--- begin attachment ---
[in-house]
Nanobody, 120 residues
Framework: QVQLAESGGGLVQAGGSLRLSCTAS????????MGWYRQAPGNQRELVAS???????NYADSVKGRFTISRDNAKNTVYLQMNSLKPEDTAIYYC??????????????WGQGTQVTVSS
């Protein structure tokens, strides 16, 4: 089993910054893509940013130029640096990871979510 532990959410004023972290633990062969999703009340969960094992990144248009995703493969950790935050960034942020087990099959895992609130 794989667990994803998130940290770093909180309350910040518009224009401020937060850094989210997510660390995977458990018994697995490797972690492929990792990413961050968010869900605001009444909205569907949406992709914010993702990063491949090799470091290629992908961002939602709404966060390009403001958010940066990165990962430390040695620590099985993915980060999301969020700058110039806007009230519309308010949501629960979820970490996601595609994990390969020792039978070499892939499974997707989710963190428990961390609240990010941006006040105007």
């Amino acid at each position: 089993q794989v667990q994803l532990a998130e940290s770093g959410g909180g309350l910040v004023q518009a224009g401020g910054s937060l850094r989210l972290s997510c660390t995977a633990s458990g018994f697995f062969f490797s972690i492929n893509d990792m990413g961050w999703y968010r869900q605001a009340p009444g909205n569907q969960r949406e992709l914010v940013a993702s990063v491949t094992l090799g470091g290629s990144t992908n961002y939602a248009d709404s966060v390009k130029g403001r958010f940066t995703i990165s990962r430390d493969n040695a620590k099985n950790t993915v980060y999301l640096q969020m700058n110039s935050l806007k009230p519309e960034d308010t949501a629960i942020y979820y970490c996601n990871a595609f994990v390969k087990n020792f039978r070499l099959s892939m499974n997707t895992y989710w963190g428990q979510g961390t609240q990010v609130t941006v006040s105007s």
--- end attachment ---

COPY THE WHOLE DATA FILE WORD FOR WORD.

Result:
[in-house]
Nanobody, 120 residues
Framework: QVQLAESGGGLVQAGGSLRLSCTAS????????MGWYRQAPGNQRELVAS???????NYADSVKGRFTISRDNAKNTVYLQMNSLKPEDTAIYYC??????????????WGQGTQVTVSS
């Protein structure tokens, strides 16, 4: 089993910054893509940013130029640096990871979510 532990959410004023972290633990062969999703009340969960094992990144248009995703493969950790935050960034942020087990099959895992609130 794989667990994803998130940290770093909180309350910040518009224009401020937060850094989210997510660390995977458990018994697995490797972690492929990792990413961050968010869900605001009444909205569907949406992709914010993702990063491949090799470091290629992908961002939602709404966060390009403001958010940066990165990962430390040695620590099985993915980060999301969020700058110039806007009230519309308010949501629960979820970490996601595609994990390969020792039978070499892939499974997707989710963190428990961390609240990010941006006040105007």
């Amino acid at each position: 089993q794989v667990q994803l532990a998130e940290s770093g959410g909180g309350l910040v004023q518009a224009g401020g910054s937060l850094r989210l972290s997510c660390t995977a633990s458990g018994f697995f062969f490797s972690i492929n893509d990792m990413g961050w999703y968010r869900q605001a009340p009444g909205n569907q969960r949406e992709l914010v940013a993702s990063v491949t094992l090799g470091g290629s990144t992908n961002y939602a248009d709404s966060v390009k130029g403001r958010f940066t995703i990165s990962r430390d493969n040695a620590k099985n950790t993915v980060y999301l640096q969020m700058n110039s935050l806007k009230p519309e960034d308010t949501a629960i942020y979820y970490c996601n990871a595609f994990v390969k087990n020792f039978r070499l099959s892939m499974n997707t895992y989710w963190g428990q979510g961390t609240q990010v609130t941006v006040s105007s």